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Fortress Bible Church, Reverend Dennis G. Karaman v. Paul J. Feiner

September 24, 2012


The opinion of the court was delivered by: John M. Walker, Jr., Circuit Judge:


Fortress Bible Church v. Feiner

Argued: September 23, 2011

Before : WALKER, CHIN and LOHIER, Circuit Judges.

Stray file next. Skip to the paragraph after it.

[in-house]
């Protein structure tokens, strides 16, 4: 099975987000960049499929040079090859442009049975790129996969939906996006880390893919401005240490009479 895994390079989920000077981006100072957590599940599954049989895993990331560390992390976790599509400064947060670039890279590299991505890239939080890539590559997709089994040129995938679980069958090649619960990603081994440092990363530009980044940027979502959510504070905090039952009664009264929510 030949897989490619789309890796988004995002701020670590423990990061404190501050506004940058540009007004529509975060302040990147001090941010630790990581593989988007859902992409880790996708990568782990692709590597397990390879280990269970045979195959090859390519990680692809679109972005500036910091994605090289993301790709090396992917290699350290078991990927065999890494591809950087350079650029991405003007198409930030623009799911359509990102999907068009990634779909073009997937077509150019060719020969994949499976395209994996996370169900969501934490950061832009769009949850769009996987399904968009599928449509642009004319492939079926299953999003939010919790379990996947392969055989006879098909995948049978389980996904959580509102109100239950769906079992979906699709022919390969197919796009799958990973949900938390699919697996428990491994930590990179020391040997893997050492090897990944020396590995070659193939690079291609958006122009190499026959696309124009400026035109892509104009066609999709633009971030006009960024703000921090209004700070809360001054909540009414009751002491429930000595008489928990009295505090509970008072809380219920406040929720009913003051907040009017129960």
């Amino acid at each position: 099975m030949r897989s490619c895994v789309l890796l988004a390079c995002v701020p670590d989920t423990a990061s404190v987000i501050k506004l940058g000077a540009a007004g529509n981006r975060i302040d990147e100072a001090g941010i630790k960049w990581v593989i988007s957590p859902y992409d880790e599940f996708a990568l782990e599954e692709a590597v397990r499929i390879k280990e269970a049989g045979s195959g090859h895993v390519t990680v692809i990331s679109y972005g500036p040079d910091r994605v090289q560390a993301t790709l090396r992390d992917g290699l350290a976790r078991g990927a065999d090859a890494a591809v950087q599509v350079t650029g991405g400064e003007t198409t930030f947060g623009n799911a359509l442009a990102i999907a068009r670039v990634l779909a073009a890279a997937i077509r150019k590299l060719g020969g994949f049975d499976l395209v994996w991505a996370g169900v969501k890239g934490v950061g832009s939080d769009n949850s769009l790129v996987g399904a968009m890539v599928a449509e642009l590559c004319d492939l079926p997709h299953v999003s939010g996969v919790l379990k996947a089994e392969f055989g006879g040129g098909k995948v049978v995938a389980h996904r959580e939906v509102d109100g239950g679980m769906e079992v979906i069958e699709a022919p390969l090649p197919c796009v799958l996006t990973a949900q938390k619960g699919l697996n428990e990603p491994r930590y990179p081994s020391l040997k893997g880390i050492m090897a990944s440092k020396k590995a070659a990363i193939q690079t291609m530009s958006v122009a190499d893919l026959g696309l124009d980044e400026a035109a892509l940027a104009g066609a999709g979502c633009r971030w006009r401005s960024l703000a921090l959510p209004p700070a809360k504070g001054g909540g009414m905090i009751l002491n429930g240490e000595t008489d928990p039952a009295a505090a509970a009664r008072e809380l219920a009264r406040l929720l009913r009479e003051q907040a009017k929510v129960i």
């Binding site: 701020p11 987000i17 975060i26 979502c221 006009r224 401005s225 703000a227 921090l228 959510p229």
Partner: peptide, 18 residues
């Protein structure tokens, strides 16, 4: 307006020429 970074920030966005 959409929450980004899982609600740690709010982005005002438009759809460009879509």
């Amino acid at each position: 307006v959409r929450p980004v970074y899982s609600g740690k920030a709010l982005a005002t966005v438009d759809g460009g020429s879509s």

Defendants-appellants Paul J. Feiner, Sonja Brown, Kevin 32 Morgan, Diana Juettner, Francis Sheehan, Town Board of 33 Greenburgh, the Town Board of the Town of Greenburgh, and the 34 Town of Greenburgh, appeal from a judgment of the United States 35 District Court for the Southern District of New York (Stephen C. 1 1 Robinson, Judge), holding that they had violated plaintiffs- 2 appellees' rights under the Religious Land Use and 3 Institutionalized Persons Act as well as the First Amendment, the 4 Equal Protection Clause, and New York constitutional and 5 statutory law. We conclude that the district court correctly 6 applied the law and discern no clear error in its factual 7 findings.